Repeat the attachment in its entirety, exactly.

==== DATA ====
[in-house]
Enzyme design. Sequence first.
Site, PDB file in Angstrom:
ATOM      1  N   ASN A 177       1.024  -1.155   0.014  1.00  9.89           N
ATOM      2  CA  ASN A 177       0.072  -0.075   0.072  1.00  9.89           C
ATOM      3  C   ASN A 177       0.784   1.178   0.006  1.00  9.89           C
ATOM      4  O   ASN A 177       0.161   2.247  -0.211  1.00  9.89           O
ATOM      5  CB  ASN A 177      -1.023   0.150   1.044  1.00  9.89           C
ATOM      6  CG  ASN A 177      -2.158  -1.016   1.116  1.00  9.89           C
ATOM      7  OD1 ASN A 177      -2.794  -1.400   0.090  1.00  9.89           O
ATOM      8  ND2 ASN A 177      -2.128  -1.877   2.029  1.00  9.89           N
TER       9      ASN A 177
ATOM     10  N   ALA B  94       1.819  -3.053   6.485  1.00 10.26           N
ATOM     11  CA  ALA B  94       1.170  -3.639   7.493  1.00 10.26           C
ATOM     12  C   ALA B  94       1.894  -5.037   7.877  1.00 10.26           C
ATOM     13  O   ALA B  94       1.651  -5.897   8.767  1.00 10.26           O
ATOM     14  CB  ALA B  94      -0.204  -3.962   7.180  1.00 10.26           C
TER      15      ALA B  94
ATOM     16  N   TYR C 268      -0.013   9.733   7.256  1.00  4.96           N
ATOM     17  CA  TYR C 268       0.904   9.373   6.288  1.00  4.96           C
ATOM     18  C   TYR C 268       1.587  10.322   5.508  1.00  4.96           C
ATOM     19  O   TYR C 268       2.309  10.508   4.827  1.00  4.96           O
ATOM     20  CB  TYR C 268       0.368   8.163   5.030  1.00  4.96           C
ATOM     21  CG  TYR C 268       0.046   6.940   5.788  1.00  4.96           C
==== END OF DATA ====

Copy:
[in-house]
Enzyme design. Sequence first.
Site, PDB file in Angstrom:
ATOM      1  N   ASN A 177       1.024  -1.155   0.014  1.00  9.89           N
ATOM      2  CA  ASN A 177       0.072  -0.075   0.072  1.00  9.89           C
ATOM      3  C   ASN A 177       0.784   1.178   0.006  1.00  9.89           C
ATOM      4  O   ASN A 177       0.161   2.247  -0.211  1.00  9.89           O
ATOM      5  CB  ASN A 177      -1.023   0.150   1.044  1.00  9.89           C
ATOM      6  CG  ASN A 177      -2.158  -1.016   1.116  1.00  9.89           C
ATOM      7  OD1 ASN A 177      -2.794  -1.400   0.090  1.00  9.89           O
ATOM      8  ND2 ASN A 177      -2.128  -1.877   2.029  1.00  9.89           N
TER       9      ASN A 177
ATOM     10  N   ALA B  94       1.819  -3.053   6.485  1.00 10.26           N
ATOM     11  CA  ALA B  94       1.170  -3.639   7.493  1.00 10.26           C
ATOM     12  C   ALA B  94       1.894  -5.037   7.877  1.00 10.26           C
ATOM     13  O   ALA B  94       1.651  -5.897   8.767  1.00 10.26           O
ATOM     14  CB  ALA B  94      -0.204  -3.962   7.180  1.00 10.26           C
TER      15      ALA B  94
ATOM     16  N   TYR C 268      -0.013   9.733   7.256  1.00  4.96           N
ATOM     17  CA  TYR C 268       0.904   9.373   6.288  1.00  4.96           C
ATOM     18  C   TYR C 268       1.587  10.322   5.508  1.00  4.96           C
ATOM     19  O   TYR C 268       2.309  10.508   4.827  1.00  4.96           O
ATOM     20  CB  TYR C 268       0.368   8.163   5.030  1.00  4.96           C
ATOM     21  CG  TYR C 268       0.046   6.940   5.788  1.00  4.96           C